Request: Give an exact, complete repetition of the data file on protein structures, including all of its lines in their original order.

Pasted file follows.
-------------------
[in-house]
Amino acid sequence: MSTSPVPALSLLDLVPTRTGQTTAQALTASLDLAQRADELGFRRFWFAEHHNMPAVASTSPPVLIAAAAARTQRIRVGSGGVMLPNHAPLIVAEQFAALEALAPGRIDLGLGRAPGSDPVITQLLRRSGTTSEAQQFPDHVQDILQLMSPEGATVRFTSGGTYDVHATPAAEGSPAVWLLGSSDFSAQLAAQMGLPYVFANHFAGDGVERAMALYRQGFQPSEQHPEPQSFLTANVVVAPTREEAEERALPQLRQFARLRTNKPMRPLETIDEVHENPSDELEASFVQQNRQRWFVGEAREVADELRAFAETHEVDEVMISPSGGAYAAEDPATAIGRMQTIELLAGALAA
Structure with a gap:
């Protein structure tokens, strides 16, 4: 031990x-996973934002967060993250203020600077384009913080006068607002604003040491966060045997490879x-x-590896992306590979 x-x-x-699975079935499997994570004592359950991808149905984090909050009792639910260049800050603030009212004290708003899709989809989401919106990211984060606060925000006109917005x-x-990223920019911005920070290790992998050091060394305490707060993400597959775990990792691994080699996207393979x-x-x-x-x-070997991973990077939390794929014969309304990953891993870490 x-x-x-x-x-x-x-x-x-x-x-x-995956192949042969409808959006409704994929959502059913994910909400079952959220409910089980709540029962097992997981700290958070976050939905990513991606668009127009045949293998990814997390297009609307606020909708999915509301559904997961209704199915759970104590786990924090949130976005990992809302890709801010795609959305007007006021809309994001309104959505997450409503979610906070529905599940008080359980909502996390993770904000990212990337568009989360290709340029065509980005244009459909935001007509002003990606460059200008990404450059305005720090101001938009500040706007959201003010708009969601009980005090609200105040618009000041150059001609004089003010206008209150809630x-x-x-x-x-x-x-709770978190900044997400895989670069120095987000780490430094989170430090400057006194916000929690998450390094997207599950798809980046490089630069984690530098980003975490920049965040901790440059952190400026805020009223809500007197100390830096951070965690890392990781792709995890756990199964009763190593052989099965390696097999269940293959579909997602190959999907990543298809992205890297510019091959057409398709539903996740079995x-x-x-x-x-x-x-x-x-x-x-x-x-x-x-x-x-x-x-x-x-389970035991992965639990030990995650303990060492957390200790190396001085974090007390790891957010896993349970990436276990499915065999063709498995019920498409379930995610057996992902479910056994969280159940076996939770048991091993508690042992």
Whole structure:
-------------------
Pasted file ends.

[in-house]
Amino acid sequence: MSTSPVPALSLLDLVPTRTGQTTAQALTASLDLAQRADELGFRRFWFAEHHNMPAVASTSPPVLIAAAAARTQRIRVGSGGVMLPNHAPLIVAEQFAALEALAPGRIDLGLGRAPGSDPVITQLLRRSGTTSEAQQFPDHVQDILQLMSPEGATVRFTSGGTYDVHATPAAEGSPAVWLLGSSDFSAQLAAQMGLPYVFANHFAGDGVERAMALYRQGFQPSEQHPEPQSFLTANVVVAPTREEAEERALPQLRQFARLRTNKPMRPLETIDEVHENPSDELEASFVQQNRQRWFVGEAREVADELRAFAETHEVDEVMISPSGGAYAAEDPATAIGRMQTIELLAGALAA
Structure with a gap:
């Protein structure tokens, strides 16, 4: 031990x-996973934002967060993250203020600077384009913080006068607002604003040491966060045997490879x-x-590896992306590979 x-x-x-699975079935499997994570004592359950991808149905984090909050009792639910260049800050603030009212004290708003899709989809989401919106990211984060606060925000006109917005x-x-990223920019911005920070290790992998050091060394305490707060993400597959775990990792691994080699996207393979x-x-x-x-x-070997991973990077939390794929014969309304990953891993870490 x-x-x-x-x-x-x-x-x-x-x-x-995956192949042969409808959006409704994929959502059913994910909400079952959220409910089980709540029962097992997981700290958070976050939905990513991606668009127009045949293998990814997390297009609307606020909708999915509301559904997961209704199915759970104590786990924090949130976005990992809302890709801010795609959305007007006021809309994001309104959505997450409503979610906070529905599940008080359980909502996390993770904000990212990337568009989360290709340029065509980005244009459909935001007509002003990606460059200008990404450059305005720090101001938009500040706007959201003010708009969601009980005090609200105040618009000041150059001609004089003010206008209150809630x-x-x-x-x-x-x-709770978190900044997400895989670069120095987000780490430094989170430090400057006194916000929690998450390094997207599950798809980046490089630069984690530098980003975490920049965040901790440059952190400026805020009223809500007197100390830096951070965690890392990781792709995890756990199964009763190593052989099965390696097999269940293959579909997602190959999907990543298809992205890297510019091959057409398709539903996740079995x-x-x-x-x-x-x-x-x-x-x-x-x-x-x-x-x-x-x-x-x-389970035991992965639990030990995650303990060492957390200790190396001085974090007390790891957010896993349970990436276990499915065999063709498995019920498409379930995610057996992902479910056994969280159940076996939770048991091993508690042992």
Whole structure: